The EIA just released their International Energy Statistics with world production numbers through October 2014. There were no big surprises in this report.
World C+C production was up 731,000 bpd to 78,967,000 bpd. This is a new high.
All the gain in the last few years has come from non-OPEC. Non-OPEC production was up 374 kbd in September and up another 370 kbd in October to 46,002,000 bpd.
OPEC C+C has been on a bumpy plateau for the last several years. Also most of the gain has come from increased production of condensate, especially from Qatar. OPEC C+C production was up 21 kbd to 32,965,000 bpd.
Canadian production was revised dramatically in this report. July was revised up by 120 kbd, August revised up by 250 kbd and September was revised down by 210 kbd. October production was 3,677,000 bpd, up 20,000 bpd.
Mexico, after holding a plateau for about 4 years has started to decline again.
The World less USA and Canada has been on a 10 year bumpy plateau. I am predicting they, the World less USA and Canada, will turn down around mid 2015. US and Canada will still be increasing but at a much slower rate than the past 4 years.
Jean Laherrere on oil reserves.
There was a news article posted February 17th on oil discoveries in 2014, Discoveries of new oil and gas reserves drop to 20-year low. This is a Financial Times article and you may be asked to register to receive three free articles per year. I have already used up all mine. Anyway the link was posted by both Jeffrey Brown and myself on this blog.
The article stated: New finds of oil and gas are likely to have been about 16bn barrels of oil equivalent in 2014. Barrels of oil equivalent includes natural gas. Counting both oil and natural gas the world uses over three times that amount each year. So the world found less than one third the oil the world used last year. And discoveries are falling while oil consumption is rising.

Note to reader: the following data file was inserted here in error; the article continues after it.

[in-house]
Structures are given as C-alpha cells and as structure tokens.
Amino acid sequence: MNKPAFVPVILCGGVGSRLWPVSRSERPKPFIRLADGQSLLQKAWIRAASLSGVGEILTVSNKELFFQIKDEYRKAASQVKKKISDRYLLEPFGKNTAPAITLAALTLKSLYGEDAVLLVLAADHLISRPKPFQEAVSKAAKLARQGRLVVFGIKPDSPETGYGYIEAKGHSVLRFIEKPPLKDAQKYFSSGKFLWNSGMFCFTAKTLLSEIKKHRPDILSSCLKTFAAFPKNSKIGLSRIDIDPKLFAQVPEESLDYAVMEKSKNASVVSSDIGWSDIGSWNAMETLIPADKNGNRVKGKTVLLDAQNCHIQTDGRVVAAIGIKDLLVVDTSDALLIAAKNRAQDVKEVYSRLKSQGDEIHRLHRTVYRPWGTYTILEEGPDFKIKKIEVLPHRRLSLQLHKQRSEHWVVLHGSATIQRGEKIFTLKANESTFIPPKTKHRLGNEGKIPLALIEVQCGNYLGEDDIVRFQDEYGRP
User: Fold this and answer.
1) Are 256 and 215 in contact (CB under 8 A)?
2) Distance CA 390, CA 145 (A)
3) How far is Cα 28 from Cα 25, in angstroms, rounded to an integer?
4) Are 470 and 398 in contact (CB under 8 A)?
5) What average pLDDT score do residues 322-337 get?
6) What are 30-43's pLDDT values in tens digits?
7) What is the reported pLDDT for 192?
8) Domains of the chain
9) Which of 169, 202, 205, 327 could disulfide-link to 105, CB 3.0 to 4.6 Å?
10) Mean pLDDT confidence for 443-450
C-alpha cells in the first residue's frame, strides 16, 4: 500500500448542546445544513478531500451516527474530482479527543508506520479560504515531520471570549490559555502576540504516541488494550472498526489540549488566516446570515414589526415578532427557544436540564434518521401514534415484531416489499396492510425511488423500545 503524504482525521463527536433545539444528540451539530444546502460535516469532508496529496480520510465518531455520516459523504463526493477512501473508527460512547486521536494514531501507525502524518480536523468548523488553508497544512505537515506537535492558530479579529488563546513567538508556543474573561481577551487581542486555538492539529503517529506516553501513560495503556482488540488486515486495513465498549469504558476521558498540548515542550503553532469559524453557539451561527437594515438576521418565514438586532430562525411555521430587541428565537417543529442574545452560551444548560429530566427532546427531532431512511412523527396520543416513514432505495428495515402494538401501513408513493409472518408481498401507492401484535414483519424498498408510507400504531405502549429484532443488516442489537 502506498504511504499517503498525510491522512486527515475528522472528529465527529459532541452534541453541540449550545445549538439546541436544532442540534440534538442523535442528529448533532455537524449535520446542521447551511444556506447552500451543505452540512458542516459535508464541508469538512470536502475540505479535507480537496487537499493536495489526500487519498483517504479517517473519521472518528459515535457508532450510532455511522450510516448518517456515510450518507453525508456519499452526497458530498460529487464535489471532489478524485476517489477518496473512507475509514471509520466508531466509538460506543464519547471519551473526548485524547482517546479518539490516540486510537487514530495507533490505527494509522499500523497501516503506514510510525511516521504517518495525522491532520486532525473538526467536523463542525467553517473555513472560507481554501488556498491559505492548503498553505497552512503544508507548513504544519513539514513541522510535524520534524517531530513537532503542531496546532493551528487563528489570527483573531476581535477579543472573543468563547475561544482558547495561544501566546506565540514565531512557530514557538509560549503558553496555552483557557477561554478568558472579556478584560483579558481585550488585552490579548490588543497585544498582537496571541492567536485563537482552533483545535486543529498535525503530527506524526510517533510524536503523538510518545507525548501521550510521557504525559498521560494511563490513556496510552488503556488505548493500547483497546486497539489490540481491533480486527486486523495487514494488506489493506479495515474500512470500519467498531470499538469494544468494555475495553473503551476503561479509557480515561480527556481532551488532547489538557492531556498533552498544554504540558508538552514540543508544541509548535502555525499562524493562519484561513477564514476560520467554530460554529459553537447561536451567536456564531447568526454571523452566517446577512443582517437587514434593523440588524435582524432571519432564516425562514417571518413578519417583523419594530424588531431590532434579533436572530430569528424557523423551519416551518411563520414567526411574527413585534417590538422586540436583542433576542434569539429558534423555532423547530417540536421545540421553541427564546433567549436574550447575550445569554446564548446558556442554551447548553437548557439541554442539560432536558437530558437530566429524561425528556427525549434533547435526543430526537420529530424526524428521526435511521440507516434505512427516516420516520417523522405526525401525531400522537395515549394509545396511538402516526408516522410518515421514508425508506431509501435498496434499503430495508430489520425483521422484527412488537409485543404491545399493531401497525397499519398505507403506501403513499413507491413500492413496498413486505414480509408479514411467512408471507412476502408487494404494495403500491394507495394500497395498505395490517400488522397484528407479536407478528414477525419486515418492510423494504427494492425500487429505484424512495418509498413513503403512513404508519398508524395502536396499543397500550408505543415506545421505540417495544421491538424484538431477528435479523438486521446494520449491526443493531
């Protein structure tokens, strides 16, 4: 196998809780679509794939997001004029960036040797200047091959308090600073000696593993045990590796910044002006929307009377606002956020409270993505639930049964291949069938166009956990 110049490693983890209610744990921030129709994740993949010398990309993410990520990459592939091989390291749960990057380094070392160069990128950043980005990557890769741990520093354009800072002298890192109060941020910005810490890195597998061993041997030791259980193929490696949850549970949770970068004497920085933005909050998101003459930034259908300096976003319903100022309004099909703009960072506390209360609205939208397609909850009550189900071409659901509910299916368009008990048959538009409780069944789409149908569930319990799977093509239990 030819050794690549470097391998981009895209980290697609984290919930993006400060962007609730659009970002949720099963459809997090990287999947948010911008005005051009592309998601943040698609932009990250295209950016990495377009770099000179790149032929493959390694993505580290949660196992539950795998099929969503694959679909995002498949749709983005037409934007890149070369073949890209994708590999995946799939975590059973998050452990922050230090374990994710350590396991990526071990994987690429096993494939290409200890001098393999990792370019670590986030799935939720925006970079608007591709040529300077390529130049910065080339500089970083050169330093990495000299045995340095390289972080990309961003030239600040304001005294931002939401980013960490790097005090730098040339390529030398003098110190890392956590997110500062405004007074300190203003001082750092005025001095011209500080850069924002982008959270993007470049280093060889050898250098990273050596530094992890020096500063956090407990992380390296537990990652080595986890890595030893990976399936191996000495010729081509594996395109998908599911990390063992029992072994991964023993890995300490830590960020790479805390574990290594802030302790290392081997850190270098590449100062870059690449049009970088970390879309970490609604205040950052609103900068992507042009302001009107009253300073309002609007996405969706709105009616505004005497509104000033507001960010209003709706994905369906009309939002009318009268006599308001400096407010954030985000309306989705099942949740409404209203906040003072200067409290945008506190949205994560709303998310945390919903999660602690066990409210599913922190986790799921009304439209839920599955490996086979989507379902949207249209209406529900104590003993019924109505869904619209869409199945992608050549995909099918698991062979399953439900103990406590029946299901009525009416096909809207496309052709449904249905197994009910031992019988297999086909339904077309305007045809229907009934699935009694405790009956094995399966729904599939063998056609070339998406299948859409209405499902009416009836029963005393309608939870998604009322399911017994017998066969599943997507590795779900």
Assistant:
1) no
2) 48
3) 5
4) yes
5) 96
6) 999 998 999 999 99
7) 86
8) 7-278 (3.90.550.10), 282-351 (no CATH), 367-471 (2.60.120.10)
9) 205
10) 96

The article was picked up and re-posted over on PeakOil.com where Rockman made a long comment, part of which is quoted below, but first he quoted the article:
“…and there are large known reserves — both “unconventional”, including shale in North America and heavy oil in Canada and Venezuela, and “conventional” in countries including Saudi Arabia, Iran, Iraq and the United Arab Emirates.”
I’m not sure when FT wrote this piece but I suspect recently. Apparently FT is aware of the definition of PROVED RESERVES. It isn’t the amount of oil in the ground. It’s the amount of oil that can be COMMERCIALLY produced. With the decline in oil prices (a key component in the determination of commerciality for reserves) the world has lost tens of billions of bbl of PROVED RESERVES from the ledger book. The cornucopians were justified in converting non-commercial shale reserves to a commercial status. But that ole double edged sword had rushed back and poked them in the ass.
This is all very nice but Jean thinks Rockman confuses 1P with 2P reserves.
The discovery peak is in 1971 with 300 Gboe with the discovery of North Dome (two thirds in Qatar = North Field and one third in Iran = South Pars). IHS to please Iran reports South Filed in 1991 but everyone knew that North Field discovered in 1971 extended into Iran)
- “1P reserves” = proven reserves (both proved developed reserves + proved undeveloped reserves).
- “2P reserves” = 1P (proven reserves) + probable reserves, hence “proved AND probable.”
- “3P reserves” = the sum of 2P (proven reserves + probable reserves) + possible reserves, all 3Ps “proven AND probable AND possible.
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